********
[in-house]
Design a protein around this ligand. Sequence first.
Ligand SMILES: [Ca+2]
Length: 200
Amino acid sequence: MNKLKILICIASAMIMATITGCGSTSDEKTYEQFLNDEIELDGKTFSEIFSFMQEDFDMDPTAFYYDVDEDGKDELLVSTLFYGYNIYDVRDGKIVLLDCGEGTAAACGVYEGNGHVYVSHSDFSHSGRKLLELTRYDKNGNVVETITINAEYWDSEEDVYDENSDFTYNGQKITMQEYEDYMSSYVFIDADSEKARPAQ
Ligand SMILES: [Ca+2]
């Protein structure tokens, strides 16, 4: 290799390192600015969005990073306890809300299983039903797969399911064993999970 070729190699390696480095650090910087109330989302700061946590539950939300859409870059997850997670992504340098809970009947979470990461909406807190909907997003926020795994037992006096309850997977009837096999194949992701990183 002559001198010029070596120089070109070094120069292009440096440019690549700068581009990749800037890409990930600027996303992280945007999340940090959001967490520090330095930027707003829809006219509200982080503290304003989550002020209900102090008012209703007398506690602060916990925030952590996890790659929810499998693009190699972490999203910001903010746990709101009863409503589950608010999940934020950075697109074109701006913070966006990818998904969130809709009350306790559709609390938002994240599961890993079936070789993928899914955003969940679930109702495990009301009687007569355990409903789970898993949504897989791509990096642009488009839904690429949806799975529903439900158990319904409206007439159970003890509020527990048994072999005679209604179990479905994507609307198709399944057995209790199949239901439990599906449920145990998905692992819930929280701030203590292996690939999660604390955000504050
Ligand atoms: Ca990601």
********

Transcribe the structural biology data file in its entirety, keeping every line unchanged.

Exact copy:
[in-house]
Design a protein around this ligand. Sequence first.
Ligand SMILES: [Ca+2]
Length: 200
Amino acid sequence: MNKLKILICIASAMIMATITGCGSTSDEKTYEQFLNDEIELDGKTFSEIFSFMQEDFDMDPTAFYYDVDEDGKDELLVSTLFYGYNIYDVRDGKIVLLDCGEGTAAACGVYEGNGHVYVSHSDFSHSGRKLLELTRYDKNGNVVETITINAEYWDSEEDVYDENSDFTYNGQKITMQEYEDYMSSYVFIDADSEKARPAQ
Ligand SMILES: [Ca+2]
């Protein structure tokens, strides 16, 4: 290799390192600015969005990073306890809300299983039903797969399911064993999970 070729190699390696480095650090910087109330989302700061946590539950939300859409870059997850997670992504340098809970009947979470990461909406807190909907997003926020795994037992006096309850997977009837096999194949992701990183 002559001198010029070596120089070109070094120069292009440096440019690549700068581009990749800037890409990930600027996303992280945007999340940090959001967490520090330095930027707003829809006219509200982080503290304003989550002020209900102090008012209703007398506690602060916990925030952590996890790659929810499998693009190699972490999203910001903010746990709101009863409503589950608010999940934020950075697109074109701006913070966006990818998904969130809709009350306790559709609390938002994240599961890993079936070789993928899914955003969940679930109702495990009301009687007569355990409903789970898993949504897989791509990096642009488009839904690429949806799975529903439900158990319904409206007439159970003890509020527990048994072999005679209604179990479905994507609307198709399944057995209790199949239901439990599906449920145990998905692992819930929280701030203590292996690939999660604390955000504050
Ligand atoms: Ca990601």